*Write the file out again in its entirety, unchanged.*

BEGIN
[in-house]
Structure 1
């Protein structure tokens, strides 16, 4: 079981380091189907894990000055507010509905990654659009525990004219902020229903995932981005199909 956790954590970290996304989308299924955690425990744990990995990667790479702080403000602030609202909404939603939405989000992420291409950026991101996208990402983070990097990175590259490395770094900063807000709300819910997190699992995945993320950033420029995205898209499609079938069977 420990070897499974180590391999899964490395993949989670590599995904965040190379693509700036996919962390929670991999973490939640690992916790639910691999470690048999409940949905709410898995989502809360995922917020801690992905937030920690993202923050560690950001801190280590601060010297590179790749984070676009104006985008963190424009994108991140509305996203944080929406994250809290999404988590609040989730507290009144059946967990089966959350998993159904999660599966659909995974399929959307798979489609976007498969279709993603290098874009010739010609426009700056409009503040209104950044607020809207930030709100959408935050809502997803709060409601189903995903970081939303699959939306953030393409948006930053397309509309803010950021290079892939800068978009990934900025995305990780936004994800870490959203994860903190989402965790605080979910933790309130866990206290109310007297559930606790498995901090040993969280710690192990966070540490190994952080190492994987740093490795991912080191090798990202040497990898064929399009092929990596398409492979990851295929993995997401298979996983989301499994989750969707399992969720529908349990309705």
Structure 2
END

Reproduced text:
[in-house]
Structure 1
């Protein structure tokens, strides 16, 4: 079981380091189907894990000055507010509905990654659009525990004219902020229903995932981005199909 956790954590970290996304989308299924955690425990744990990995990667790479702080403000602030609202909404939603939405989000992420291409950026991101996208990402983070990097990175590259490395770094900063807000709300819910997190699992995945993320950033420029995205898209499609079938069977 420990070897499974180590391999899964490395993949989670590599995904965040190379693509700036996919962390929670991999973490939640690992916790639910691999470690048999409940949905709410898995989502809360995922917020801690992905937030920690993202923050560690950001801190280590601060010297590179790749984070676009104006985008963190424009994108991140509305996203944080929406994250809290999404988590609040989730507290009144059946967990089966959350998993159904999660599966659909995974399929959307798979489609976007498969279709993603290098874009010739010609426009700056409009503040209104950044607020809207930030709100959408935050809502997803709060409601189903995903970081939303699959939306953030393409948006930053397309509309803010950021290079892939800068978009990934900025995305990780936004994800870490959203994860903190989402965790605080979910933790309130866990206290109310007297559930606790498995901090040993969280710690192990966070540490190994952080190492994987740093490795991912080191090798990202040497990898064929399009092929990596398409492979990851295929993995997401298979996983989301499994989750969707399992969720529908349990309705």
Structure 2